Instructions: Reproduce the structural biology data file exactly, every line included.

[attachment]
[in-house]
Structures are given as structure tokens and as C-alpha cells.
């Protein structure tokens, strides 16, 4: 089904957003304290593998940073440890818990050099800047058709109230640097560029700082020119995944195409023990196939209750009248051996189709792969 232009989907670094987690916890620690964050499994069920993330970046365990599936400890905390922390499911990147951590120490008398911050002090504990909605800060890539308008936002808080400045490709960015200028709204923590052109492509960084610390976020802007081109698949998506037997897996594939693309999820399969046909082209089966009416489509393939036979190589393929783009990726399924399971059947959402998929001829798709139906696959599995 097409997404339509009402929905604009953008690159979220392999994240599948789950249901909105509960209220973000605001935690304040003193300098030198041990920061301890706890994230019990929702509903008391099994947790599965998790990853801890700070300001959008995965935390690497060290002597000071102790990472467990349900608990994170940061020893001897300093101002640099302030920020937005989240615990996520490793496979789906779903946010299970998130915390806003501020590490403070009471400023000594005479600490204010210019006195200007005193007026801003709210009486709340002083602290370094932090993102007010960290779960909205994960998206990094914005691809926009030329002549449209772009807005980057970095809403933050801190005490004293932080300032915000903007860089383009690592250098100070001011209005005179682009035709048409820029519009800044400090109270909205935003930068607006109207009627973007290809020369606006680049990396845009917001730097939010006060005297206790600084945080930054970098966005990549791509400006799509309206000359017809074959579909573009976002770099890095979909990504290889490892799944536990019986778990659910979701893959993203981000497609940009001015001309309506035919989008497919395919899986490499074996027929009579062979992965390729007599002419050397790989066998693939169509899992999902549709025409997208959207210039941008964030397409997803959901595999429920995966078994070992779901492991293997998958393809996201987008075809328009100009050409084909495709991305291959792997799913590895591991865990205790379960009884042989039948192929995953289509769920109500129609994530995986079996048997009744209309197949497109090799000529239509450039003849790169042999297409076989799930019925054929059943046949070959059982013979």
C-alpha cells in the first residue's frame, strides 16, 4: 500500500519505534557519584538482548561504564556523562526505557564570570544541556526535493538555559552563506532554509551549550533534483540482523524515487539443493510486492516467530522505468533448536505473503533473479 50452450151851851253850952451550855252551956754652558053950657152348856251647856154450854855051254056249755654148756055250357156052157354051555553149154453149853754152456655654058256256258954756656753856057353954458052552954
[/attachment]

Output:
[in-house]
Structures are given as structure tokens and as C-alpha cells.
């Protein structure tokens, strides 16, 4: 089904957003304290593998940073440890818990050099800047058709109230640097560029700082020119995944195409023990196939209750009248051996189709792969 232009989907670094987690916890620690964050499994069920993330970046365990599936400890905390922390499911990147951590120490008398911050002090504990909605800060890539308008936002808080400045490709960015200028709204923590052109492509960084610390976020802007081109698949998506037997897996594939693309999820399969046909082209089966009416489509393939036979190589393929783009990726399924399971059947959402998929001829798709139906696959599995 097409997404339509009402929905604009953008690159979220392999994240599948789950249901909105509960209220973000605001935690304040003193300098030198041990920061301890706890994230019990929702509903008391099994947790599965998790990853801890700070300001959008995965935390690497060290002597000071102790990472467990349900608990994170940061020893001897300093101002640099302030920020937005989240615990996520490793496979789906779903946010299970998130915390806003501020590490403070009471400023000594005479600490204010210019006195200007005193007026801003709210009486709340002083602290370094932090993102007010960290779960909205994960998206990094914005691809926009030329002549449209772009807005980057970095809403933050801190005490004293932080300032915000903007860089383009690592250098100070001011209005005179682009035709048409820029519009800044400090109270909205935003930068607006109207009627973007290809020369606006680049990396845009917001730097939010006060005297206790600084945080930054970098966005990549791509400006799509309206000359017809074959579909573009976002770099890095979909990504290889490892799944536990019986778990659910979701893959993203981000497609940009001015001309309506035919989008497919395919899986490499074996027929009579062979992965390729007599002419050397790989066998693939169509899992999902549709025409997208959207210039941008964030397409997803959901595999429920995966078994070992779901492991293997998958393809996201987008075809328009100009050409084909495709991305291959792997799913590895591991865990205790379960009884042989039948192929995953289509769920109500129609994530995986079996048997009744209309197949497109090799000529239509450039003849790169042999297409076989799930019925054929059943046949070959059982013979």
C-alpha cells in the first residue's frame, strides 16, 4: 500500500519505534557519584538482548561504564556523562526505557564570570544541556526535493538555559552563506532554509551549550533534483540482523524515487539443493510486492516467530522505468533448536505473503533473479 50452450151851851253850952451550855252551956754652558053950657152348856251647856154450854855051254056249755654148756055250357156052157354051555553149154453149853754152456655654058256256258954756656753856057353954458052552954